Wednesday, February 13, 2008

Snooth Blogging: How to Taste More Wine for Less Money

Next week I will have part 2 of Madeira: A British Love Affair (part 1 below) ready for your perusal. Right now, it's taking more time than I expected. To hold you over, I'm including something that I recently wrote for the Snooth wine website that I thought you might enjoy. I'll be posting with them once or twice a month for a while, my topic being anything about food and wine. The post isn't entirely food related, but pertinent in the wine world none the less. Hope it tickles your fancy, and here is a link to the new Snooth wine website itself.


As a wine industry professional responsible for dispensing accurate or vividly colorful wine information to curious oenophiles, you can bet that I taste more wine weekly than your average person tastes in a month or three.

Despite the purple stains gathering unabashedly on my teeth or the high amount of tooth enamel I’ve lost from high-acidity wine samplings, I feel very lucky. My employment encourages me to engage my passion on the clock.

If someone’s aim is to absorb as much viniferous knowledge as possible, having opportunities to taste is crucial. Reading about vineyards, domaines, and grape histories links the world of wine together, but tasting is what really hammers in the knowledge. Example- it’s easy enough to read about the Fiano di Avellino grape, but almost impossible to understand its pear, almond-liscous and sea-air flavors, or think of a food pairing, until it passes through one’s lips.

That being said, wine is not cheap. In fact, unless the experience section of one’s resume benefits from the phrase “tastes at least a hundred wines monthly while working,” tasting with the aim of learning can be excruciatingly expensive.
Yet there are ways.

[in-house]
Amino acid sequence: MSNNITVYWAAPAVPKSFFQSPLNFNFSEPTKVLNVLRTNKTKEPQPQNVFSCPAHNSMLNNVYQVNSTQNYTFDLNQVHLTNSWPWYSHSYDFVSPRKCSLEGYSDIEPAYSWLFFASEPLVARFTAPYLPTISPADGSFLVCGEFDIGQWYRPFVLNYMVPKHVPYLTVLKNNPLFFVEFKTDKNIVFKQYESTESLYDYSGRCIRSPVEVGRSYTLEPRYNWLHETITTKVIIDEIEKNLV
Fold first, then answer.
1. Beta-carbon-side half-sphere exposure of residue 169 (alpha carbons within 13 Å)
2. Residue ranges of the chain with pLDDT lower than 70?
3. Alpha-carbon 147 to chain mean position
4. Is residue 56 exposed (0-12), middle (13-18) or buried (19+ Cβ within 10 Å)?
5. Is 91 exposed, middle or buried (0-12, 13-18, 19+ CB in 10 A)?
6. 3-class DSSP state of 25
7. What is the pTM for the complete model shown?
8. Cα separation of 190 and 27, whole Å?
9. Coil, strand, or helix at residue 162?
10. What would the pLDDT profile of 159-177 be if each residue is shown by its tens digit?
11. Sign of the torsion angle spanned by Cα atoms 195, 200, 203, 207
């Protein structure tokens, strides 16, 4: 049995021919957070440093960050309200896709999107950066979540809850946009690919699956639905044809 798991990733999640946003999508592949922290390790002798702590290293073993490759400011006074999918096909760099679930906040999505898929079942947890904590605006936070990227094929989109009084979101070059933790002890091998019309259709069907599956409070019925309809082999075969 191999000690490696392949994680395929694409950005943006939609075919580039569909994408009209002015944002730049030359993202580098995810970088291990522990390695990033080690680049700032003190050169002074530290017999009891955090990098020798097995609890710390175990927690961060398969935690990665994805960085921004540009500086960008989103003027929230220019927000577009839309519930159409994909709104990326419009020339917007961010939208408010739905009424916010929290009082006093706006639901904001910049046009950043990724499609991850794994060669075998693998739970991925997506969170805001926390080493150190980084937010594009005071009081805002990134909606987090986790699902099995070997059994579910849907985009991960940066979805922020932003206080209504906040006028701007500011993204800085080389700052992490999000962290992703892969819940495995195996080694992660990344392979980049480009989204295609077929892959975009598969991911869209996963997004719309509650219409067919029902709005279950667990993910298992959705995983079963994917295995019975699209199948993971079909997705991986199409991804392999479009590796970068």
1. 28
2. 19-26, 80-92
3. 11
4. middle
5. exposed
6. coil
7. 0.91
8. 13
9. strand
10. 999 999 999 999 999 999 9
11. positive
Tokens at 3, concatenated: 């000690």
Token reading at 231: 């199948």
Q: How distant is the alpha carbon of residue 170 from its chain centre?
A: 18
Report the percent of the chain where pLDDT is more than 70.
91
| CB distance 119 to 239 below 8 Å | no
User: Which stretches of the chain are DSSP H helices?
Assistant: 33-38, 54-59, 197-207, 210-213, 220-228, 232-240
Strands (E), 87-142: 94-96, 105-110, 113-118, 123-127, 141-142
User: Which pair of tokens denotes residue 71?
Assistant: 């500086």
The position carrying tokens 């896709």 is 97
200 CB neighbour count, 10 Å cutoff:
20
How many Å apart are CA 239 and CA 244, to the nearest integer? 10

Five ways to learn more about wine for less money:

1. Frequent wine establishments that let you order flights, half glasses or tasting portions and order glasses at restaurants rather than bottles.

It may feel less economical since we’re taught that buying in bulk will save money, but think of it this way. One bottle equals a taste of one wine. Four half-glasses or tastes equals four tastes of different wines. Would you rather pay five dollars each for four two-ounce pours of diverse wines at one sitting, and then come back next week to try three or four more (that is eight distinct wines you’ve just tasted!), or, pay to share only one bottle (= one taste per visit) each time? Unless you absolutely have to have that hard to find Barolo on the list, buy bottles to drink at home with dinner. Buy tastes and glasses when you’re out.

2. If ordering a prix-fixe menu at a restaurant, choose the wine pairing option with the courses.

Whether it is $18 or $65, wine pairing options at reputable establishments are always a good deal and a fantastic learning experience. Most wine directors and sommeliers are very skilled at pairing wine with cuisine- it’s their job. That being said, not only will you taste at least three of the wine director’s favorite wines for less than the bottle cost, you’ll learn just by noting the pairing experience.

3. Frequent and support wine shops that offer free daily tastings.

More and more wine shops and markets are pouring a different wine nightly, for free, in order to increase awareness of wine and to help familiarize people with a store’s offerings. I’ve seen this in Berkeley, the broader Bay Area, New York City, and have faith that this common sense practice will expand.

4. Host wine tastings where each guest brings a bottle of wine made from the same grape, but from a different country.

This is a great way to share the expense of exploring differences in tastes, vintages, textures and styles due to climate, varying techniques and practices and taste preferences. Take notes, check out wine books from the library, share your findings on the region’s typical wine practices after you taste, do a little research on the vintage’s impact on the grape, and be amazed by how much you’ll learn.

5. Finally, attend wine classes and paid tastings at local shops and venues.

These are generally very good deals. You’ll be sharing the cost of the wines with other classmates and you’ll learn the wine’s background as you taste. Keep in mind, all wine educators know that the wine world consists of an amazing amount of knowledge, that no one can know everything, and that everyone starts somewhere.

Next blog- I’ll explore a glory of drinking wine with dinner. In the meantime, check out my wine and food pairing blog,

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